Julie G. Hensler
Selected Publications

Julie G. Hensler

Professor of Pharmacology
Ph.D., Northwestern University

Office: 210-567-4236


Research Interests

• molecular and cellular neuroscience
• stress vulnerability vs. resilience
• serotonin
• brain-derived neurotrophic factor (BDNF)


Research Activities

The research in my laboratory is dedicated to understanding the neural basis of stress-precipitated psychiatric disorders such as major depression. To examine the impact of stress on brain function and behavior, we have focused our efforts on serotonergic systems in the brain. Serotonin plays a neuromodulatory role in the brain, and has been implicated in a variety of physiological responses and behaviors. Changes or abnormalities in serotonergic systems have been implicated in stress-precipitated psychiatric disorders.


Neurotrophins, such as brain derived neurotrophic factor (BDNF), are essential to the function and survival of neurons in the adult brain. BDNF has profound effects on the functional architecture of neurons and has a fundamental role in promoting serotonergic neurotransmission. As chronic stress decreases BDNF in frontal cortex and hippocampus, stress-related psychiatric disorders, such as major depression, may be due to diminished function or atrophy of neurons in these brain regions.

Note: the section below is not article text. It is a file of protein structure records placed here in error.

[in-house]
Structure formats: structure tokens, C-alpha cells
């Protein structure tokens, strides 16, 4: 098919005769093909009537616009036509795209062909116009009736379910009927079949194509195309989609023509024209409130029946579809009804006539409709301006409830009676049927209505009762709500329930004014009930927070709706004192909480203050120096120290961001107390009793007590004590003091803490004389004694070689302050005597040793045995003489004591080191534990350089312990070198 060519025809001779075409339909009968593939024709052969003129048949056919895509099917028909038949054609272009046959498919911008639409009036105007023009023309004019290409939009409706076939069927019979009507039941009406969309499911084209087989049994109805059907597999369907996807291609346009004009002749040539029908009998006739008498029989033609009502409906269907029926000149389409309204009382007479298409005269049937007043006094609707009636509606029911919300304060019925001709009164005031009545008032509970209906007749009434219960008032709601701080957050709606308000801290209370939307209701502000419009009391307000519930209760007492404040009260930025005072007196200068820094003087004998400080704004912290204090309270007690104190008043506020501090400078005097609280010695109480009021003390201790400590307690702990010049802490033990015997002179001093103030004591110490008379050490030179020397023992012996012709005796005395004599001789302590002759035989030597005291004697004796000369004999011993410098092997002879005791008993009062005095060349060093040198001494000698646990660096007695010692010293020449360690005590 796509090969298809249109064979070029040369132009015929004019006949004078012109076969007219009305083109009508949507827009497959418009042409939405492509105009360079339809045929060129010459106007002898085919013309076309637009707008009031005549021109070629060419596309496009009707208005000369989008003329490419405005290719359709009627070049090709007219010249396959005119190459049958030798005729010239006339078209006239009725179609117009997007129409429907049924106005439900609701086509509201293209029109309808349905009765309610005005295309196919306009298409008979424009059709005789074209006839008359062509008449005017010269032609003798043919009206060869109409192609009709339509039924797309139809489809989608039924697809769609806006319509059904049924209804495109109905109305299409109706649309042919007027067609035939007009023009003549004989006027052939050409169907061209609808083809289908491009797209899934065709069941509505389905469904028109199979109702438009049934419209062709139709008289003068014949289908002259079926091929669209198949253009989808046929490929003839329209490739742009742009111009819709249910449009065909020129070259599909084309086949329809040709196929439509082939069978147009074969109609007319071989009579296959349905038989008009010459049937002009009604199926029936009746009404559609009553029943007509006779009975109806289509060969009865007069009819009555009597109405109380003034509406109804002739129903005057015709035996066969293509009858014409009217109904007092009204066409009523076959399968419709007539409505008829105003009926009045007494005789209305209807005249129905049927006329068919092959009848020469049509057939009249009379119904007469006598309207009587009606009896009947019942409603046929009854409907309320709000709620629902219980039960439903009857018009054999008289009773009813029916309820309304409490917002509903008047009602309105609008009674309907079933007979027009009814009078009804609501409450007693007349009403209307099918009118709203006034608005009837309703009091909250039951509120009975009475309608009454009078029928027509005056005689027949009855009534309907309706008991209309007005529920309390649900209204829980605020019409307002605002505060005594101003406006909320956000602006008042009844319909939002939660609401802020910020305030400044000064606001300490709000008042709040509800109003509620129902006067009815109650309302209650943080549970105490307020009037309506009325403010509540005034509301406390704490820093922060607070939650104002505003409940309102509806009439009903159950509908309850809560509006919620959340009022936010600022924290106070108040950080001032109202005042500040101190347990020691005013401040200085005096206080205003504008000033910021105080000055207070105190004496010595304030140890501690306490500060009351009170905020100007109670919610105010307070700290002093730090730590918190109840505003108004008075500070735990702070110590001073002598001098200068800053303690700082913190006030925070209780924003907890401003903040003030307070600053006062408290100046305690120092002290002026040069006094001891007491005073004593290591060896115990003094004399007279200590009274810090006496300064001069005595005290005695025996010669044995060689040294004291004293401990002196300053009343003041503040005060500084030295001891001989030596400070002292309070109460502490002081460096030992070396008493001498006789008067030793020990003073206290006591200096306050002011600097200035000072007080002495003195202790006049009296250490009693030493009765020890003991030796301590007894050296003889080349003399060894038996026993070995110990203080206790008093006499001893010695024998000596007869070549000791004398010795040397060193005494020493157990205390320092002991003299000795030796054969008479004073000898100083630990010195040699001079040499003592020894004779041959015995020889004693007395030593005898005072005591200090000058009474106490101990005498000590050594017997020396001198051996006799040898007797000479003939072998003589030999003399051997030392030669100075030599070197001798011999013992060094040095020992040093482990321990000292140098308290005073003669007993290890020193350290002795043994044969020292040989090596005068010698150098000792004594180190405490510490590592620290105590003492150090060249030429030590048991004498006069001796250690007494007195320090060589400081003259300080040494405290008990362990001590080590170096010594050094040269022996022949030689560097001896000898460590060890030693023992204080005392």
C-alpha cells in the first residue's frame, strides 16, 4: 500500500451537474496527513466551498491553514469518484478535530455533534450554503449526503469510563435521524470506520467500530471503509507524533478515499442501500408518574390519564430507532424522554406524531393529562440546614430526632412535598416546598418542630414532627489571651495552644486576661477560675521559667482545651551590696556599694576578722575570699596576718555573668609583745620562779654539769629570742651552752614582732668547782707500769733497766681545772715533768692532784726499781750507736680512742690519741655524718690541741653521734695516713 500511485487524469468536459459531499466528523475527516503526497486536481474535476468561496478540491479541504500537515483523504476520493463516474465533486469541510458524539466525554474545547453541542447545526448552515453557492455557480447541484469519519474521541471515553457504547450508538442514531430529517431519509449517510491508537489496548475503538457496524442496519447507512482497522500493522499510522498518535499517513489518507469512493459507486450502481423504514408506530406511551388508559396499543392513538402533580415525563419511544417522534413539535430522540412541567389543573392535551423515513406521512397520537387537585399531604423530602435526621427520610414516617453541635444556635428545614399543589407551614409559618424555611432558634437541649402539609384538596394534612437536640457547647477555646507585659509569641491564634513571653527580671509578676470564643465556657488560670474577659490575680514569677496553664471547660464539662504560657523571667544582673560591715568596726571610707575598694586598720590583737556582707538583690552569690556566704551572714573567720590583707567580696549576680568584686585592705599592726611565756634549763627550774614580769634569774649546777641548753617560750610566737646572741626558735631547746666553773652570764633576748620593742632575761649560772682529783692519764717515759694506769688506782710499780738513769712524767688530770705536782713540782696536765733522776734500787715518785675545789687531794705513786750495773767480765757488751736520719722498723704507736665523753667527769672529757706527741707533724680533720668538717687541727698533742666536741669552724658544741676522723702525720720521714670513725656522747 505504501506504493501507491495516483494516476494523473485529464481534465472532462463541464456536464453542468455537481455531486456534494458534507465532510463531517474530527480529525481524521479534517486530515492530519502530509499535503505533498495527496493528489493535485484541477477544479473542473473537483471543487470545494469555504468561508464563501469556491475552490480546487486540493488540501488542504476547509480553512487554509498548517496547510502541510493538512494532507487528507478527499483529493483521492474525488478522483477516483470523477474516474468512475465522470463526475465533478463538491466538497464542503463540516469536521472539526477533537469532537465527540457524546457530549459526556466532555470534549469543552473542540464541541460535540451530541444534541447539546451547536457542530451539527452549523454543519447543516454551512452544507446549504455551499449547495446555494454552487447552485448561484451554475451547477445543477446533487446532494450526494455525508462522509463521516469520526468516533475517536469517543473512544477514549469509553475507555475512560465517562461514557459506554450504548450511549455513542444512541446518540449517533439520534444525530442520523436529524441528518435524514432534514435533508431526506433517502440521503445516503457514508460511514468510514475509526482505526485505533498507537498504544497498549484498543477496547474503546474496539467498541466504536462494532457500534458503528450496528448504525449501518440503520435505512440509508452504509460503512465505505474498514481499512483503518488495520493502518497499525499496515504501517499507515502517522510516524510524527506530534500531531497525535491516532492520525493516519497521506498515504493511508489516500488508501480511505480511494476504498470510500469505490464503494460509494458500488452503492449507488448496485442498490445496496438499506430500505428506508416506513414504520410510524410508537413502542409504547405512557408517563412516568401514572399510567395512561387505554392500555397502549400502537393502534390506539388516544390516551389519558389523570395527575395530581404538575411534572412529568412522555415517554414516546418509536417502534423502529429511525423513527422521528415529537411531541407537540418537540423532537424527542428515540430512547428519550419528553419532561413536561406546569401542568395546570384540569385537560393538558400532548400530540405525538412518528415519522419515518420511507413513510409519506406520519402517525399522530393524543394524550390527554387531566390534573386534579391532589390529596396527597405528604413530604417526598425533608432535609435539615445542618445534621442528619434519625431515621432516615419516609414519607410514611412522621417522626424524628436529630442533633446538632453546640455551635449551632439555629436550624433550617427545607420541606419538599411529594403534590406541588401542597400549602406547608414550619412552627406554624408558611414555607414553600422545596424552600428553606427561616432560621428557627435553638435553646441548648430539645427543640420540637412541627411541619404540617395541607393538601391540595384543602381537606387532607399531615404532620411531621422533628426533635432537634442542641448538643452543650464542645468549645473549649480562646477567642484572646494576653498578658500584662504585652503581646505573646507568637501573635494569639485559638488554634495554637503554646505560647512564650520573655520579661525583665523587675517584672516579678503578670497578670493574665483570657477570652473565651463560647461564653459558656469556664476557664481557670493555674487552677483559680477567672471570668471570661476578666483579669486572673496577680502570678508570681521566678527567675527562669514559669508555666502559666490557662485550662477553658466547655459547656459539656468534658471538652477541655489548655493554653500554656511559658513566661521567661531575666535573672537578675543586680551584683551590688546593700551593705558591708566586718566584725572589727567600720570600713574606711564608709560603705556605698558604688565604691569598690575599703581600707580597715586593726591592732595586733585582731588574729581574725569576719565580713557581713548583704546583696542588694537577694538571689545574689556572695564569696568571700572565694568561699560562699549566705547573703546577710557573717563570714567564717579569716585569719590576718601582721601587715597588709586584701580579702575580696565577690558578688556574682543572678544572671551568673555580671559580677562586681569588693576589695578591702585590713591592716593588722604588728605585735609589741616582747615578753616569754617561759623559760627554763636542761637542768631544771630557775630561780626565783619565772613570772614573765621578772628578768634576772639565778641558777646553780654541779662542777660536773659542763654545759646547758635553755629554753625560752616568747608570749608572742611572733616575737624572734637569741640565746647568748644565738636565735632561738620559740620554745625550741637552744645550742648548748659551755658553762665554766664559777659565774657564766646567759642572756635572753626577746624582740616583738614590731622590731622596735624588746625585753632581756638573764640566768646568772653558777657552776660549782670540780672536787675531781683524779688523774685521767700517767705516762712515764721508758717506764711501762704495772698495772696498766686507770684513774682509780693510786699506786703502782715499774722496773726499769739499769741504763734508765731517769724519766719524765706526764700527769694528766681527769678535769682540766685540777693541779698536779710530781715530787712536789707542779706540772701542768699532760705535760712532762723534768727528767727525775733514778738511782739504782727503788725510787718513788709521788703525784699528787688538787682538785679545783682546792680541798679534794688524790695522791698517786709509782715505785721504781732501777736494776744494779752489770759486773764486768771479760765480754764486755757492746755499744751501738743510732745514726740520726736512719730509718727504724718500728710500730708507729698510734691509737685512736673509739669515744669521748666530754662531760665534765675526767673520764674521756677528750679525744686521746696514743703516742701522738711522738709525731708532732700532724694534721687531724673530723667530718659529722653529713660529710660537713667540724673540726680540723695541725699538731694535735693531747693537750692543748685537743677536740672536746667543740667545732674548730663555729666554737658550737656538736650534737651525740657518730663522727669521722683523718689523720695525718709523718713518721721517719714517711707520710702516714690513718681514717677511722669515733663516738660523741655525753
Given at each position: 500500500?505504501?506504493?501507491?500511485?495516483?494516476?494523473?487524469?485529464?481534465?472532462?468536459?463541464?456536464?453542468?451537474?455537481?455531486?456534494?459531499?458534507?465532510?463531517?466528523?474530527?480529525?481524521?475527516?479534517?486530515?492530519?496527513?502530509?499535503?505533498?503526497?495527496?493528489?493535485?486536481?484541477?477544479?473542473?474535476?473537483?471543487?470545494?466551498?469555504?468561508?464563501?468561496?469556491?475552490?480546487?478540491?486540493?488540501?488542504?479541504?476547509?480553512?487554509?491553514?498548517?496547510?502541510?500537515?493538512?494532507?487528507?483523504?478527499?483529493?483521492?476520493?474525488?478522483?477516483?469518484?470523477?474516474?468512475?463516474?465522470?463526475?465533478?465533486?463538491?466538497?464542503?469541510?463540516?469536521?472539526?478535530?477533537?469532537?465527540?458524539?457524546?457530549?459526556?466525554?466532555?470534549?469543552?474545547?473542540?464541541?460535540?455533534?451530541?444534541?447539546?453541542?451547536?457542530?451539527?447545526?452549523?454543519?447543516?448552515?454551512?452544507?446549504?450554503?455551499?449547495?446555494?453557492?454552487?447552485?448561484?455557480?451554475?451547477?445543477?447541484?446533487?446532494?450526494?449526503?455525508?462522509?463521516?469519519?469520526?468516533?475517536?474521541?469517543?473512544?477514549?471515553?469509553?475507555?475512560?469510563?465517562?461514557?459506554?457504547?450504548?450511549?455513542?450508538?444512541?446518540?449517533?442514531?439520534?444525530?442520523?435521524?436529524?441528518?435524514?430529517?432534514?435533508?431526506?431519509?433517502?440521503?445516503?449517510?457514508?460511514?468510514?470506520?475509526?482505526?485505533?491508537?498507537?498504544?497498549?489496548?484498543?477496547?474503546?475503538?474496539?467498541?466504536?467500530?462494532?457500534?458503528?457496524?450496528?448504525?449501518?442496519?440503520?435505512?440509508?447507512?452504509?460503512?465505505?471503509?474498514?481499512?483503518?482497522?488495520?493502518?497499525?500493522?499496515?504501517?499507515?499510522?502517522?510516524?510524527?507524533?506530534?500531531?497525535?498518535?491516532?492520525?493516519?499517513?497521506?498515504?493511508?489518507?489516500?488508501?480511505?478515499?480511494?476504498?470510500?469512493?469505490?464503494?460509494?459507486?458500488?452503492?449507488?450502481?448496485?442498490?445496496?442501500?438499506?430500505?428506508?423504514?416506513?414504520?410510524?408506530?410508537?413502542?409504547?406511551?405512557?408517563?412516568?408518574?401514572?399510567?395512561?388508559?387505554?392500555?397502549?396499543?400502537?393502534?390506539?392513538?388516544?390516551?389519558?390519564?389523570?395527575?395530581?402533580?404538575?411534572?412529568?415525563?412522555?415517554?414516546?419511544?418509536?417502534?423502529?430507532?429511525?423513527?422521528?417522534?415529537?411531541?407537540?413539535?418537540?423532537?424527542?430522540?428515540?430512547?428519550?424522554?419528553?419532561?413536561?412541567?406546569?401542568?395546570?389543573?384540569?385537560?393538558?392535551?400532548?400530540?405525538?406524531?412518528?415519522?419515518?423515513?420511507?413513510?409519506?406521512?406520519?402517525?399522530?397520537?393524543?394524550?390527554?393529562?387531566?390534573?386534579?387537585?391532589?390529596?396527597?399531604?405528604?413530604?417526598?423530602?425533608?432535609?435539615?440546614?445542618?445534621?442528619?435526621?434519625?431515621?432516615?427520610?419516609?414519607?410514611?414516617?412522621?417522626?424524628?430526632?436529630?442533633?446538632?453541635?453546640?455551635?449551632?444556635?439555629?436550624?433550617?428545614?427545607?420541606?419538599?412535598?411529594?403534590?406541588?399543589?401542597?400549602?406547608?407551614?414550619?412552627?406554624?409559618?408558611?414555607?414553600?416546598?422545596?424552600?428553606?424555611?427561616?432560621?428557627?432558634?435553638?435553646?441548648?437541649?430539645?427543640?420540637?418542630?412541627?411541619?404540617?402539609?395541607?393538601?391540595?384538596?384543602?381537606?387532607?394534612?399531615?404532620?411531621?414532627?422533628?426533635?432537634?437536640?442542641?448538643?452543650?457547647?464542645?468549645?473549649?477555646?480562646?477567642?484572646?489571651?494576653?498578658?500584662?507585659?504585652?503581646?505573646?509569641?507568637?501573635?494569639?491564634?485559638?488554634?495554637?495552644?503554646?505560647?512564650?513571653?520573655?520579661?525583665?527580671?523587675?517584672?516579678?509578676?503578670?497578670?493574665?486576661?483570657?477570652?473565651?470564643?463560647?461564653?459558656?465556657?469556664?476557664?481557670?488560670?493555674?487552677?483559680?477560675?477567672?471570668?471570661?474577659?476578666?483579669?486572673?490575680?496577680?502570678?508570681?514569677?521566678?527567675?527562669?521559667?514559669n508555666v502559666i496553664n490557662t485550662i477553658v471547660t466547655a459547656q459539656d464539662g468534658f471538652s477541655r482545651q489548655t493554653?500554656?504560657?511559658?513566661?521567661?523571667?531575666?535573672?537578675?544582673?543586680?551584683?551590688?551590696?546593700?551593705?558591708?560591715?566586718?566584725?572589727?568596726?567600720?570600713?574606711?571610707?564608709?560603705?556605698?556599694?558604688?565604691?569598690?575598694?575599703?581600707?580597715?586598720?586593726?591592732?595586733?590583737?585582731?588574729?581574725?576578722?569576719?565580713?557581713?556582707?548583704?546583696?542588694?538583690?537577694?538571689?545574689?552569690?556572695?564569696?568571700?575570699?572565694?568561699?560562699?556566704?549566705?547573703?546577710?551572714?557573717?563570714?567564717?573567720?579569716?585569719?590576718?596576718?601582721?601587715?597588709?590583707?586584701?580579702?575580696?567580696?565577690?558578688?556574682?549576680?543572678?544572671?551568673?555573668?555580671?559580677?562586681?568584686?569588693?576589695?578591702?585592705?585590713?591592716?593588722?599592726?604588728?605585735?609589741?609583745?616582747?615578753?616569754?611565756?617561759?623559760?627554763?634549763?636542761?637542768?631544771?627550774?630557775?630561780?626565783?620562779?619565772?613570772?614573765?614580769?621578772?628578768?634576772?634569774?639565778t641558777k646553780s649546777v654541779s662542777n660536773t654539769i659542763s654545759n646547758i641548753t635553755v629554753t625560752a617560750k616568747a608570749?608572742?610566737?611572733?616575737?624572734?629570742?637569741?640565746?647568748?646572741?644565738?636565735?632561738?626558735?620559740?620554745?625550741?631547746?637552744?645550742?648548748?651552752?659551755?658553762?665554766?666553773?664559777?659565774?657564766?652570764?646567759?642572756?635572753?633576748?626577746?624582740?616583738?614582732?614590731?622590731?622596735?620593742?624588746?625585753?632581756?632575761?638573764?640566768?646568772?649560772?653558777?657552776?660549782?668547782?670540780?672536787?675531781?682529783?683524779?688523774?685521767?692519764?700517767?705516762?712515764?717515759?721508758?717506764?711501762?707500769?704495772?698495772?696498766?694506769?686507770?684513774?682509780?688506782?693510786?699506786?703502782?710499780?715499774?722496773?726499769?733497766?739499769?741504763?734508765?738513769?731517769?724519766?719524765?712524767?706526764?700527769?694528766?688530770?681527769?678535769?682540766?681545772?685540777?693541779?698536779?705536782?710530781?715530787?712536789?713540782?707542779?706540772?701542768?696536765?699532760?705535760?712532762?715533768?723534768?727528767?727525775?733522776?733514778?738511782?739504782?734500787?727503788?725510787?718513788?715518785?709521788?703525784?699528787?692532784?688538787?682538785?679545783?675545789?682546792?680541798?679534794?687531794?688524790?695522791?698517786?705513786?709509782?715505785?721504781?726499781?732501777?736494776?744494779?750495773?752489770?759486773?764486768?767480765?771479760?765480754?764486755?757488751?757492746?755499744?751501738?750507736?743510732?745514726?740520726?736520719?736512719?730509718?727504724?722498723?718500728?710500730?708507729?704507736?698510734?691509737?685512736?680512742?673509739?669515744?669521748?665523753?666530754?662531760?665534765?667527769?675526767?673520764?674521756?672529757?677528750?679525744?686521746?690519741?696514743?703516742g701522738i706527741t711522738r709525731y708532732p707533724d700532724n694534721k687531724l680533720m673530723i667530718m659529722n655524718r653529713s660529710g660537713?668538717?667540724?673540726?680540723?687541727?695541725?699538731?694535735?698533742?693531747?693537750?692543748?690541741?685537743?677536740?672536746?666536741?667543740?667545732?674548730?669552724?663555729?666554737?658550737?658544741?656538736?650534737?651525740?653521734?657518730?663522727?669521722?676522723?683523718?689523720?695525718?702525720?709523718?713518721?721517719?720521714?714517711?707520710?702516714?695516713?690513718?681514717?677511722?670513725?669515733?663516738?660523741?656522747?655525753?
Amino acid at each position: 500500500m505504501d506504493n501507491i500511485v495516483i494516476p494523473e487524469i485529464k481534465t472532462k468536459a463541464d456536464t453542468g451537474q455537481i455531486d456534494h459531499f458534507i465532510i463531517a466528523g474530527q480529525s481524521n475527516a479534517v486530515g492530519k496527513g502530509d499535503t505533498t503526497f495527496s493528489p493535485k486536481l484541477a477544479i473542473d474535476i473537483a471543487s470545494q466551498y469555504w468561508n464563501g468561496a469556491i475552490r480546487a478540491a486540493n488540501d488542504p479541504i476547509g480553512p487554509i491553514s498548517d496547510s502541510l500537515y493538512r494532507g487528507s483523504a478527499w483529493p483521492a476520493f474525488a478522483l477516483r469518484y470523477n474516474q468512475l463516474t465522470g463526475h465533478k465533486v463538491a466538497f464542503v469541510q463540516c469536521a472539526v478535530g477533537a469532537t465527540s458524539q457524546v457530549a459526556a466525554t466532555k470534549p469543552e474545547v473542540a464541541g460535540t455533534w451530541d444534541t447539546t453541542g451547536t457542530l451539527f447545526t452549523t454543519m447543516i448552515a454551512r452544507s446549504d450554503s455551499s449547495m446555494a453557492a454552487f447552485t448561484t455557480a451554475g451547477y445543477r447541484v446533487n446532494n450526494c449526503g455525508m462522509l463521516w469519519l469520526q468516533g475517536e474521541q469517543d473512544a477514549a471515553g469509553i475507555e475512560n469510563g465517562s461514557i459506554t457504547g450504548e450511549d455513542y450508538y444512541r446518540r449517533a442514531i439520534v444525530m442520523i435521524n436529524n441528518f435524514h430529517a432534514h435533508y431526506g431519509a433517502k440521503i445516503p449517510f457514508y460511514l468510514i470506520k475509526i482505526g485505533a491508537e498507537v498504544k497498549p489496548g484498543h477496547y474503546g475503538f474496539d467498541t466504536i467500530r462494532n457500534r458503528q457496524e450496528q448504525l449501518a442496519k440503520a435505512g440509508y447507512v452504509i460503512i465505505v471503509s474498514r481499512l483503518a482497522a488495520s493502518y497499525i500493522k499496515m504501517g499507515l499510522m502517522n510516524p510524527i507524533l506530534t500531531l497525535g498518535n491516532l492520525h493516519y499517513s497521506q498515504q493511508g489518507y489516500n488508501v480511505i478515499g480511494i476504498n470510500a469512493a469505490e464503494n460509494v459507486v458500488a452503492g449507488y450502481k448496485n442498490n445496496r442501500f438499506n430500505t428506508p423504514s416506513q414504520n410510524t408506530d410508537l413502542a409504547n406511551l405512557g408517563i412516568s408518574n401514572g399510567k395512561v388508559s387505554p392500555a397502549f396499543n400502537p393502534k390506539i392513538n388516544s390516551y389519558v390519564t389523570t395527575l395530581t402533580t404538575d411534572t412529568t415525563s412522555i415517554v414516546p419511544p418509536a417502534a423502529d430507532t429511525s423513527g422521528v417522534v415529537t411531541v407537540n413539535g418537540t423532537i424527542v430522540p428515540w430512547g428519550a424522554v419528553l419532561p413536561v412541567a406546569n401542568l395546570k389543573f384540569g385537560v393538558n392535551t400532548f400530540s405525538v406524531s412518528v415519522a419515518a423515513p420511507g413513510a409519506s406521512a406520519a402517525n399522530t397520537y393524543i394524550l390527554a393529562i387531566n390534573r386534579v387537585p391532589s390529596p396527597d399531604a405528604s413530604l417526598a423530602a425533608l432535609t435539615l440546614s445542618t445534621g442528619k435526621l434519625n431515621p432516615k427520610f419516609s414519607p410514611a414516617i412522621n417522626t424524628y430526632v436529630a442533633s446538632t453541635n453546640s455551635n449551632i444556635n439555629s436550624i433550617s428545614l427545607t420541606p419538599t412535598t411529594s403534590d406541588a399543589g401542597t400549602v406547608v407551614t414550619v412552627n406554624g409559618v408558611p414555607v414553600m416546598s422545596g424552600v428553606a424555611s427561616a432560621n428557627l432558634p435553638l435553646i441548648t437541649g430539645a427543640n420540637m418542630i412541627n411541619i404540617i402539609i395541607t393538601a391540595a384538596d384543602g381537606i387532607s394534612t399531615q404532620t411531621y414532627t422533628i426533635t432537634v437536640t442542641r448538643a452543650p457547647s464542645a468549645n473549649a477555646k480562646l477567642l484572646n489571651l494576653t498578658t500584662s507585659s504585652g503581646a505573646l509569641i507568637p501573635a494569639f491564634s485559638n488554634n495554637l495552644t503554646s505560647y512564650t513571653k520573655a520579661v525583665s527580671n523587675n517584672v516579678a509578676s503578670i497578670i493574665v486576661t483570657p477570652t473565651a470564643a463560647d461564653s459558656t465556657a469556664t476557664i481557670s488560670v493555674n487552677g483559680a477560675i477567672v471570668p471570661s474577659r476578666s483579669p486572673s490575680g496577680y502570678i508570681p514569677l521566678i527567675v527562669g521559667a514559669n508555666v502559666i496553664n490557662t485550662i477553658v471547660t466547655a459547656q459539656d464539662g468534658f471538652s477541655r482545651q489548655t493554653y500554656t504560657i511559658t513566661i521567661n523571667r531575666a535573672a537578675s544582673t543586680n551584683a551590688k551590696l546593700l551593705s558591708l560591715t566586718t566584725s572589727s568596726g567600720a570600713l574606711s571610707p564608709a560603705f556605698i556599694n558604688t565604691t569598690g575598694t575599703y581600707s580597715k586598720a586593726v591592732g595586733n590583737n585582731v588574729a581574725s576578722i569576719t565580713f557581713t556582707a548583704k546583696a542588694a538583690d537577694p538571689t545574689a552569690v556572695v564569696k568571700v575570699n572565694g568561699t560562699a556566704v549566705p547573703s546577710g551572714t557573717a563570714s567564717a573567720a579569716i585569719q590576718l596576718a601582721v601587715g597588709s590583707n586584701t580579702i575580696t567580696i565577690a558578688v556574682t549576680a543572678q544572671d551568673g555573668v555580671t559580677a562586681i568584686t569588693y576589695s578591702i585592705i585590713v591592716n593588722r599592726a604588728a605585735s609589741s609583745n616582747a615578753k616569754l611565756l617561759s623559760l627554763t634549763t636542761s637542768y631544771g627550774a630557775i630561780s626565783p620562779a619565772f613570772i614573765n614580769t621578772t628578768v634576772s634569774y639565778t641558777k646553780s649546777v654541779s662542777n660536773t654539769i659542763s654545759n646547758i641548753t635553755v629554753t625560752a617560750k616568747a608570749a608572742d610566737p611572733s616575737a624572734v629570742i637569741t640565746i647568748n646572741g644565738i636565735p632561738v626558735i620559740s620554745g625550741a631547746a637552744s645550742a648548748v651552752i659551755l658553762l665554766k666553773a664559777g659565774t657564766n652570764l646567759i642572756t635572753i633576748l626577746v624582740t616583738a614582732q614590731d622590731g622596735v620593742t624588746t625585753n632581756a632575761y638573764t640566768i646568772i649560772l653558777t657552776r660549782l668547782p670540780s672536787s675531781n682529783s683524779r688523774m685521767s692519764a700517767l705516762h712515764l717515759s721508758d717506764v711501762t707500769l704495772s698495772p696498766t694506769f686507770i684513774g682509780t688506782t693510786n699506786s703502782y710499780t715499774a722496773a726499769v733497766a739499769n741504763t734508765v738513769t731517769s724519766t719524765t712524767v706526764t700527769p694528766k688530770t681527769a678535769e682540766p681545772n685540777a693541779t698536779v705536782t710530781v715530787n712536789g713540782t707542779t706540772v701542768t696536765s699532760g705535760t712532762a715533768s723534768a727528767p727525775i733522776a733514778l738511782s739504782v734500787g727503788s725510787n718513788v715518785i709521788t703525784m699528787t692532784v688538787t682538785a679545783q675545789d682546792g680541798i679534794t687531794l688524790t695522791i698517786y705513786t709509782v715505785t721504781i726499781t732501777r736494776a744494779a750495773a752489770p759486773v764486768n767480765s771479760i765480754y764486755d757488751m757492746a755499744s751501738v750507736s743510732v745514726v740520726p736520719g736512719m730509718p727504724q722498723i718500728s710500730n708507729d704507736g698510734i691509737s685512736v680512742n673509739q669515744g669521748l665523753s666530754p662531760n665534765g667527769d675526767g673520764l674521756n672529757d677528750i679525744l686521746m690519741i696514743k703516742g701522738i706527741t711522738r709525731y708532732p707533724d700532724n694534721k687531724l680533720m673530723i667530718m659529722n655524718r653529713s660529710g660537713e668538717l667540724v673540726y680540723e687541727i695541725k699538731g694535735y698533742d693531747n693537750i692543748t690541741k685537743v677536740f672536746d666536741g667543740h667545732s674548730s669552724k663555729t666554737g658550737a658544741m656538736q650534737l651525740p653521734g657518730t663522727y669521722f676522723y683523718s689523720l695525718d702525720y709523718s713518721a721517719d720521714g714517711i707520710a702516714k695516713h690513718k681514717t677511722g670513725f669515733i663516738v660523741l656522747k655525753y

flow chart of Reciprocal BDNF-serotonin interactions


To unravel the molecular, cellular and circuit processes that underlie how stress impacts the brain and behavior, we employ a multidisciplinary approach including the use of transgenic mice, gene deletion 'knockout' mutants, biochemistry, pharmacology, neuroanatomical and behavioral analyses. In vivo studies are complemented by in vitro approaches (i.e. cells in culture), which allow us to ask more mechanistic questions. The guiding rationale behind this work is the finding that mice deficient in BDNF are sensitive to mild stress and exhibit neurochemical and behavioral hallmarks of major depression.


The second broad theme of our research examines the mechanisms underlying the sensitivity to stress of female rat offspring of dams fed a diet low in protein. This isocaloric maternal diet fed dams during gestation models western diets that are high in carbohydrates and low in protein. By building on the findings from our basic research, we hope to better understand the neurobiological mechanisms that confer resilience or vulnerability to stress.

• Appointments, Boards, Committees and Memberships •

Leadership Texas - Class of 2012 - Leadership Texas

President - International Society for Serotonin Research - - 2010-2012

• Research Group •

Wenrui Ye
Wenrui Ye
Graduate Student
Michael Pitlock
Michael Pitlock
Student Associate II